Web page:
Friday, 14 September 2012

6 am on a Saturday Morning



Every Saturday morning, I hop out of bed at the crack of drawn-- ok, who am I kidding, I slam the alarm button off, snooze for ten more minutes, then very grouchily drag myself out of bed and go into a mad frenzied rush-- and make my way to Pimlico farmer's market. As horrible as I make it out to be, I actually really do love my Saturday mornings running the market. I remember a few years ago, looking for a part-time job outside of school to earn myself some pennies, and turning to all the random restaurants I've heard of but couldn't afford in the hope that they feed their waitresses well, and even being quite desperate enough to apply for retail jobs in the fashion high street stores (which give me a headache. I know, I'm not a girl.) It was absolute brilliance when I found my job as a farmer's market manager. I was the happiest girl on earth. The smell of fresh bread, the sight of all those (edible) purples and greens and orange and yellows and reds, and most of all, the banter with people who similarly love their food and where they come from.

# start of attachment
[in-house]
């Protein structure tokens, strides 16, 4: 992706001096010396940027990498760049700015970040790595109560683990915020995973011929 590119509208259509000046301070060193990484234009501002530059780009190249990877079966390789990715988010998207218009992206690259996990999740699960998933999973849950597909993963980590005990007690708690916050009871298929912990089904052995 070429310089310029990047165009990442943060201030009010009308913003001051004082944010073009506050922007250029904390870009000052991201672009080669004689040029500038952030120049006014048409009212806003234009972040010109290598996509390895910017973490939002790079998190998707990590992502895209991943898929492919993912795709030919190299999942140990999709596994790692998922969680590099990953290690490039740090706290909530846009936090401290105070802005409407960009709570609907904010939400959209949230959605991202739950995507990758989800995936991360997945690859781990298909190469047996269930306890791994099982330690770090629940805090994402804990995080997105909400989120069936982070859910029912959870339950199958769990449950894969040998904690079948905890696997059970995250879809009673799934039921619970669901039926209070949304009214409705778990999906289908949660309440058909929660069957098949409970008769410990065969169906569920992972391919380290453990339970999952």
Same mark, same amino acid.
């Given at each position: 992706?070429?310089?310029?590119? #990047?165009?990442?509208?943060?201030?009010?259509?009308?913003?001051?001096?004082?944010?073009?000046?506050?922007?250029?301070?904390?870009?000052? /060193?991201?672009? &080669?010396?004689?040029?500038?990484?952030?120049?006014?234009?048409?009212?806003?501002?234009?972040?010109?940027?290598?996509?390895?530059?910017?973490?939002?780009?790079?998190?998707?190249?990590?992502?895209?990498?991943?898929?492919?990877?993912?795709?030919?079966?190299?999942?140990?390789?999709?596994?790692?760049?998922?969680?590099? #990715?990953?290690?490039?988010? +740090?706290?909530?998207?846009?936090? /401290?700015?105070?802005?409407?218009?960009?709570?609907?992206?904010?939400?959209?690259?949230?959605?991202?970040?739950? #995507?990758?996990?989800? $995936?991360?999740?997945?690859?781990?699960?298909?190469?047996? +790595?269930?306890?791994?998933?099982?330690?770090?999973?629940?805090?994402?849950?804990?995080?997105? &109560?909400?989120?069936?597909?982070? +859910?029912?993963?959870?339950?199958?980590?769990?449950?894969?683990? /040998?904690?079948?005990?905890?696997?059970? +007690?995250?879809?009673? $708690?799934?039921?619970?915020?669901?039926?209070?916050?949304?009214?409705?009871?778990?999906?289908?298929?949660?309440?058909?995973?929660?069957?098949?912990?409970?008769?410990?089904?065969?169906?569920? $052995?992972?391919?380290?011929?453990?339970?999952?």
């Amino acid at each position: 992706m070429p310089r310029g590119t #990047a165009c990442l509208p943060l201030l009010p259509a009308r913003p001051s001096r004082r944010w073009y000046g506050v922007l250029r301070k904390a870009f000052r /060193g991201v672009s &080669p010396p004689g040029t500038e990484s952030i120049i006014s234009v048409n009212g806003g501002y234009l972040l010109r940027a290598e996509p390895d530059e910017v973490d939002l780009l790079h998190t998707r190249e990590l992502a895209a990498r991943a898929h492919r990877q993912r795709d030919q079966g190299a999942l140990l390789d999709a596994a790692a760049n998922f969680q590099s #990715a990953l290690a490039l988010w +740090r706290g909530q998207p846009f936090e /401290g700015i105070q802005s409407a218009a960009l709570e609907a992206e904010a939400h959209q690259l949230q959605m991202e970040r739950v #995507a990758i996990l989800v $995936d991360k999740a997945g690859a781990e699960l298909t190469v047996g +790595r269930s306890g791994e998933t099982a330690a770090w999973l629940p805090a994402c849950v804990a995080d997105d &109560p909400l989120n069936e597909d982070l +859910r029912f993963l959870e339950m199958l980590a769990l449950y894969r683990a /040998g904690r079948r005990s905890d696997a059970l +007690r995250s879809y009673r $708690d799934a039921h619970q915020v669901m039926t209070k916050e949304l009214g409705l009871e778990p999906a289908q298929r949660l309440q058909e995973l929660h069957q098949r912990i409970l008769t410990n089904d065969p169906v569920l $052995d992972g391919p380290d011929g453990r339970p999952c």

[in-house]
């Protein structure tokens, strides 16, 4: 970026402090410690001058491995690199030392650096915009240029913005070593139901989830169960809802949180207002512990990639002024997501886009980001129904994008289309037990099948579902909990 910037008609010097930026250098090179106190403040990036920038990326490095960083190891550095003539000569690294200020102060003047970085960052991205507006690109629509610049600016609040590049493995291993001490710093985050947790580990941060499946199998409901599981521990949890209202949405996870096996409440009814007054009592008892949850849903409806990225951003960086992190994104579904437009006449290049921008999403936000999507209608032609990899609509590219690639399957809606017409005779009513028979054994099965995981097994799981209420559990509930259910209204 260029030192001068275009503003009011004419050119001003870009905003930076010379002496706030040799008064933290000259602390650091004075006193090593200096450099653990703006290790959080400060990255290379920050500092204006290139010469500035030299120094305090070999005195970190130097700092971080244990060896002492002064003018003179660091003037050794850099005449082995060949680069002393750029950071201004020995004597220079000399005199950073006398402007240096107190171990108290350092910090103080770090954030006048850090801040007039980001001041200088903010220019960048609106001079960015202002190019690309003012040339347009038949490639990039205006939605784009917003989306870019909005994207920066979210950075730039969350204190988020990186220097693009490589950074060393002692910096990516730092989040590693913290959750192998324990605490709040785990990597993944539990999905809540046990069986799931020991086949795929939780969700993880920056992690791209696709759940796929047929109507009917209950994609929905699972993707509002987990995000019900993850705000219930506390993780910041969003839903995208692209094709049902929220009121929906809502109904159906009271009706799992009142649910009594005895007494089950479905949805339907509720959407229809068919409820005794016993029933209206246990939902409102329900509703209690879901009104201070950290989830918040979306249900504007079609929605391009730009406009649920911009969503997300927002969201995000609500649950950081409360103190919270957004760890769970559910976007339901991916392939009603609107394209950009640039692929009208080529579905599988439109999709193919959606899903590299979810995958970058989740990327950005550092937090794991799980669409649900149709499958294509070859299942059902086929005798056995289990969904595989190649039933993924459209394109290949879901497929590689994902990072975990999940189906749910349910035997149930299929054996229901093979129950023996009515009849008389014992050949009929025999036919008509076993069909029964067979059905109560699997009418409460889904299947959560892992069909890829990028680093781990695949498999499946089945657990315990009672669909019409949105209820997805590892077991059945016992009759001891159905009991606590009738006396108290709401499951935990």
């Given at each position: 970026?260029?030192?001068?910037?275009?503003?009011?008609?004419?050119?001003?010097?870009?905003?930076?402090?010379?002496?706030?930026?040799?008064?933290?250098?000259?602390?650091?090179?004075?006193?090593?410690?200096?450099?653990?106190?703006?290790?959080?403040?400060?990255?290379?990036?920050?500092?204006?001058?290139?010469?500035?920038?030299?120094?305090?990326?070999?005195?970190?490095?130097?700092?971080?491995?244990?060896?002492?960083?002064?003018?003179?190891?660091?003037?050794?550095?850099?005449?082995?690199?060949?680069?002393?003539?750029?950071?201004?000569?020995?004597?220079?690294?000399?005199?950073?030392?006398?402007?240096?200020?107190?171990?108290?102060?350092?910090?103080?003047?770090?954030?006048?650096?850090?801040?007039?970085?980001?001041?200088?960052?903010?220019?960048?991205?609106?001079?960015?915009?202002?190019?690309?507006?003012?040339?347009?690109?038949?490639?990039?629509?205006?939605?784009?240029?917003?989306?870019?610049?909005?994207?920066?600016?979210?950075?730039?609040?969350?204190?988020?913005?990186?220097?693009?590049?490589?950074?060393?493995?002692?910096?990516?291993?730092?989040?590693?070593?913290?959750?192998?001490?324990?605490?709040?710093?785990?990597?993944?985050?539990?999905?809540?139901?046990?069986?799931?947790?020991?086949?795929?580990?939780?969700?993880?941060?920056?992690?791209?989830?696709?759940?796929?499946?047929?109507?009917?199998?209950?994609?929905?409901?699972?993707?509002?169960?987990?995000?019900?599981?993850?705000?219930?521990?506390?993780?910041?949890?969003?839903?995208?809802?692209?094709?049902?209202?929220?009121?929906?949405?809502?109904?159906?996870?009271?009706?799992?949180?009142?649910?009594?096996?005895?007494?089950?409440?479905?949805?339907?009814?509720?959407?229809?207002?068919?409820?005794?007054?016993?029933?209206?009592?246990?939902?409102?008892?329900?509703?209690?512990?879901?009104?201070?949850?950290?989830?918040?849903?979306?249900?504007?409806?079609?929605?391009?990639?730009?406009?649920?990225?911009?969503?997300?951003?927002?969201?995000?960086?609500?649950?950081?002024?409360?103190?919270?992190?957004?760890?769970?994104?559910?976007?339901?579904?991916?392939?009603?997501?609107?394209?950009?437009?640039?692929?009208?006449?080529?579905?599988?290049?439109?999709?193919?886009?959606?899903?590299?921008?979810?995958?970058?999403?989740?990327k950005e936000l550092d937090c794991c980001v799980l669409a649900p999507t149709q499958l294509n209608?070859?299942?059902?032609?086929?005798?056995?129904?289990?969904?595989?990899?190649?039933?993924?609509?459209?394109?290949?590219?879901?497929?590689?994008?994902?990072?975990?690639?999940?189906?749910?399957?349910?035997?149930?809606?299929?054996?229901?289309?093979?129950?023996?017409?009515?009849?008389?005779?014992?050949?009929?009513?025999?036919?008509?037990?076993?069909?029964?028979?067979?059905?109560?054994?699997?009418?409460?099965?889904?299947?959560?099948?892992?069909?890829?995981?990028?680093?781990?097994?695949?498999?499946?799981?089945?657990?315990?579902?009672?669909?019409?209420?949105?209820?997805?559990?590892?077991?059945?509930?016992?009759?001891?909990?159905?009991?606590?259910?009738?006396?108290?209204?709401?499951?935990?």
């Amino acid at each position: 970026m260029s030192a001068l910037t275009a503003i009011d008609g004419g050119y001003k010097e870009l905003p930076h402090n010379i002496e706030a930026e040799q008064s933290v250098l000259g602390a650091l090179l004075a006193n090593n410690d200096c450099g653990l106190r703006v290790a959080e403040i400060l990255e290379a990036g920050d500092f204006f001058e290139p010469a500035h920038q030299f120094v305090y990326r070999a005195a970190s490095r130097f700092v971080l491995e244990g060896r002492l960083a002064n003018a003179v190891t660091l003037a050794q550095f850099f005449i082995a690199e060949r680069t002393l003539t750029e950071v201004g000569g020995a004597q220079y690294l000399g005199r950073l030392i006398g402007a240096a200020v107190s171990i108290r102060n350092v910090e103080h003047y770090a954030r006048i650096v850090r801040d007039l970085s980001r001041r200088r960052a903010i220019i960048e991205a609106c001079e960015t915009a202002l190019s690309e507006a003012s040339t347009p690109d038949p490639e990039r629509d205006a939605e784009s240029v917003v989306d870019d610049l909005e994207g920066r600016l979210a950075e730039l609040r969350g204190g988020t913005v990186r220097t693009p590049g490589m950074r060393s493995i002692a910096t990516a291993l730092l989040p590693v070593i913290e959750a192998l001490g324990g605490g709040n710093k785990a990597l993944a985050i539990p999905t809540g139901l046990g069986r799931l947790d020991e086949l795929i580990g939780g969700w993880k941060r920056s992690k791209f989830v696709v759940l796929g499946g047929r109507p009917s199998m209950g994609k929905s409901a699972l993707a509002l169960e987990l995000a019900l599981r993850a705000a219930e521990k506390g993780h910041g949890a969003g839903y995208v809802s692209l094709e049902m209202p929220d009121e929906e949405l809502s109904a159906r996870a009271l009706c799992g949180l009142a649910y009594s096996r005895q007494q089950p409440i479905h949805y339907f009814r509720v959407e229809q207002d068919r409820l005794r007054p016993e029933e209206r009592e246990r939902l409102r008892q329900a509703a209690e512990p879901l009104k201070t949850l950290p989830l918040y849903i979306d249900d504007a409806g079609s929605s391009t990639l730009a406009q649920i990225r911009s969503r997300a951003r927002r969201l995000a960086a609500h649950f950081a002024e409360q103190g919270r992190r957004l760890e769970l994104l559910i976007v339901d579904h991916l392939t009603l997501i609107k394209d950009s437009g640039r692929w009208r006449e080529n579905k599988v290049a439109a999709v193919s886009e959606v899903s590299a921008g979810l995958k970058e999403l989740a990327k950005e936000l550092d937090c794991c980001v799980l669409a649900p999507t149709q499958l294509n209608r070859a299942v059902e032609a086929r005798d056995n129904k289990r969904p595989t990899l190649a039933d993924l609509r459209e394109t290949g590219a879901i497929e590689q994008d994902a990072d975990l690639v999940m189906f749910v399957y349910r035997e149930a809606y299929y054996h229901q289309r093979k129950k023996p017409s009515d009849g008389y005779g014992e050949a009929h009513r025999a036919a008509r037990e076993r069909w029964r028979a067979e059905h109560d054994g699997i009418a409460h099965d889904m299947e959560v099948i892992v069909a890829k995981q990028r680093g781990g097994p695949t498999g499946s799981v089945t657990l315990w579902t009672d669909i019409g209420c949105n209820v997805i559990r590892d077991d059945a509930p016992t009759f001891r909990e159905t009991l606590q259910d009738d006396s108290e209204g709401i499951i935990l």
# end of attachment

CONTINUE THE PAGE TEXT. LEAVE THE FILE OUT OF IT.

Now that I'm back in Singapore, I'm afraid my Saturday morning starts at ten am, and lazily begins with  a plate of fried noodles that my mum has made, with fresh vegetables bought earlier this morning (and the madwoman has probably also begun the cooking for dinner). Perhaps it's a sense of guilt, or perhaps I actually miss waking up at 5am, or perhap because like all cooks, I love being in touch with the source of my food, I found myself doing that snooze-drag-rush routine again this morning.




And so I found myself, rather out of place, in a world of haggling aunties and hollering uncles, with cries of "Only $4 for one kilo!" and whispers of "I think the stall at the other end cheaper. My mum navigated the chaotic sea of people and gossip with the seasoned strides of someone who has been doing it for her whole life, stopping to say hi to the stallholders and friends, and driving bargains with unabashed charm. I just trailed behind making embarrassed smiles on her behalf.

Wet markets are called that for a reason. Unlike the pretty stalls and signs and prettily packaged produce you find in a farmer's market, the place is, well, wet. The stallholders slosh around in their oversized rubber boots, happily chopping away on the spot to get you your fresh fish or meat, not bothering very much about the chaos and mess around them at all. I poked at everything and pretty much annoyed my mother and amused the fishmonger with all my questions. Fresh is key, so think blinking crabs and (certain) fish still swimming in tanks of water.